• Approximately 50% of the Hebrew OT involves poetry. It is incumbent on the interpreter to both understand and insert the results in one’s interpretation of the OT.
  • Hebrew poetry is divided into lines of varying numbers and lengths. These divisions are generally based on the Hebrew accents marked in the Hebrew text. Though these accents are not “inspired” they are important interpretation concerns involving punctuation of the text that need to be considered.
  • The most pervasive element in the poetry is parallelism wherein, for example, one poetic line is paralleled in another line that in some way adds to or makes sense of the first line. The fonts made bold, italicized, underlined, etc., exist to identify various poetic elements.
  • Another common poetic device is called chiasmus, basically an ABBA pattern where the A’s are logically connected as are the B’s. Other patterns involving parallelism also exist such as ABA or ABAB (where the B’s sequentially parallel the A’s). The bullets will highlight more aspects of Hebrew poetry.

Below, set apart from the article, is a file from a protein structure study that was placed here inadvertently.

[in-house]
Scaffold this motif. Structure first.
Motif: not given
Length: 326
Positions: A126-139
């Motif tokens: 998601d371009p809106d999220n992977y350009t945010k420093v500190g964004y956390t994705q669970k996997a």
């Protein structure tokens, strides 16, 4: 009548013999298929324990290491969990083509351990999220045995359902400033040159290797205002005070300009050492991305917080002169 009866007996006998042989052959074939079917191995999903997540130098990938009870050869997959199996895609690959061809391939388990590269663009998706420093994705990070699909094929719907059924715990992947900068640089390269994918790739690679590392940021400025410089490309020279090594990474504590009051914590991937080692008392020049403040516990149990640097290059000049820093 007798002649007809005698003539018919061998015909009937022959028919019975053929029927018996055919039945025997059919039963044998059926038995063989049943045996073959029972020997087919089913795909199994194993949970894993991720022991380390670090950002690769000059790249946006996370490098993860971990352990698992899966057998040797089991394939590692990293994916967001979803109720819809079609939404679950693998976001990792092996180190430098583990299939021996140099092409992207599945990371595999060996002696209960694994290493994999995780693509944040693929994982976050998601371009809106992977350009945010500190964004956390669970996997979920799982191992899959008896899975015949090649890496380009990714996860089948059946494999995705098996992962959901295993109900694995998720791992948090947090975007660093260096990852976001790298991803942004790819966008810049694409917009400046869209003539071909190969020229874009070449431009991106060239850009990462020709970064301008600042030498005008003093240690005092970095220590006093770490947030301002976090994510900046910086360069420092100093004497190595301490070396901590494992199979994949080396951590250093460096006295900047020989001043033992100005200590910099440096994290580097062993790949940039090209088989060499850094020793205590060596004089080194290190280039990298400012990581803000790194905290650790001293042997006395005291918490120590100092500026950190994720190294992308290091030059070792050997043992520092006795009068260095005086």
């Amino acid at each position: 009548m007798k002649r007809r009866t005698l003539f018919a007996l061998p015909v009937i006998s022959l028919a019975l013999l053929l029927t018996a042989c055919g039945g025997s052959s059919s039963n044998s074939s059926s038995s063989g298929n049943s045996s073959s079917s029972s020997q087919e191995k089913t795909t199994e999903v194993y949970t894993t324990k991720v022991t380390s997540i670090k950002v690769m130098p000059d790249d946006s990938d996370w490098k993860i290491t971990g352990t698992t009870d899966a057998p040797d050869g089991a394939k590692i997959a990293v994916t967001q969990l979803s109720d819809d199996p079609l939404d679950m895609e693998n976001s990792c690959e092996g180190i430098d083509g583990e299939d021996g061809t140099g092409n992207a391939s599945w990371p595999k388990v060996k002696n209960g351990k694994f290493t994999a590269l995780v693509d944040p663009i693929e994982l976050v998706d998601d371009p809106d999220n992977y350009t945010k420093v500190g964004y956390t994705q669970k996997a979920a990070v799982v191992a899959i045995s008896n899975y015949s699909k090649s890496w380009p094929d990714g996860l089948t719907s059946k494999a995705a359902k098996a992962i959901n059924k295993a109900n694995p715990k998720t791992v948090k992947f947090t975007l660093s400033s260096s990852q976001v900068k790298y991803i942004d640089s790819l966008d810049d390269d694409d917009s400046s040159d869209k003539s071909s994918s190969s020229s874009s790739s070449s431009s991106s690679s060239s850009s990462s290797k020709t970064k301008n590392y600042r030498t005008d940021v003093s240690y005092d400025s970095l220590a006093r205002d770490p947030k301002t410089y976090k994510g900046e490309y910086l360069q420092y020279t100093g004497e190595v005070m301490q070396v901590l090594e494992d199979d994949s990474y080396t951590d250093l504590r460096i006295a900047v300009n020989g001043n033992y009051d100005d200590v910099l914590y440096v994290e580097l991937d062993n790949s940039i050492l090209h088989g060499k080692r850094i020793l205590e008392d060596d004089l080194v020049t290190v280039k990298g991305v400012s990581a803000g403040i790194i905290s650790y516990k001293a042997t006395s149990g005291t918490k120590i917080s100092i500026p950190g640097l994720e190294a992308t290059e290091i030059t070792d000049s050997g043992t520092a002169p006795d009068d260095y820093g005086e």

_______________
Verse 2
(A) How long, O Lord, will I call for help,
(B) And You will not hear?
(A) [How long,I cry out to You, “Violence!”
(B) Yet You do not save.

  • ABAB pattern.
  • “[How long]” – Double Duty (ellipsis is common).
  • Grammatical Parallelism.
  • General to Specific Parallelism in bold font.

Verse 3
Why do You (A) make me see (B) iniquity,
And (A) cause me to look on (B) wickedness?
Yes, destruction and violence are before me;
(B) Strife (A) exists and, (B) contention (A) arises.

  • Chiasmus – ABBA pattern clear in the Hebrew text.
  • Dirge (funeral meter) in line 1.
  • Verse 3 fleshes out verse 2 and they should be connected.

Verse 4
(A) Therefore the law is ignored
(B) And justice is never upheld.
(B) For the wicked surround the righteous;
(A) Therefore justice comes out perverted.

  • Chiastic: lines 1 and 4 are logically connected as are lines 2 and 3.
  • Verse 4 fleshes out verse 3 with a conclusion.
  • Therefore highlights the connectedness and is repeated for emphasis.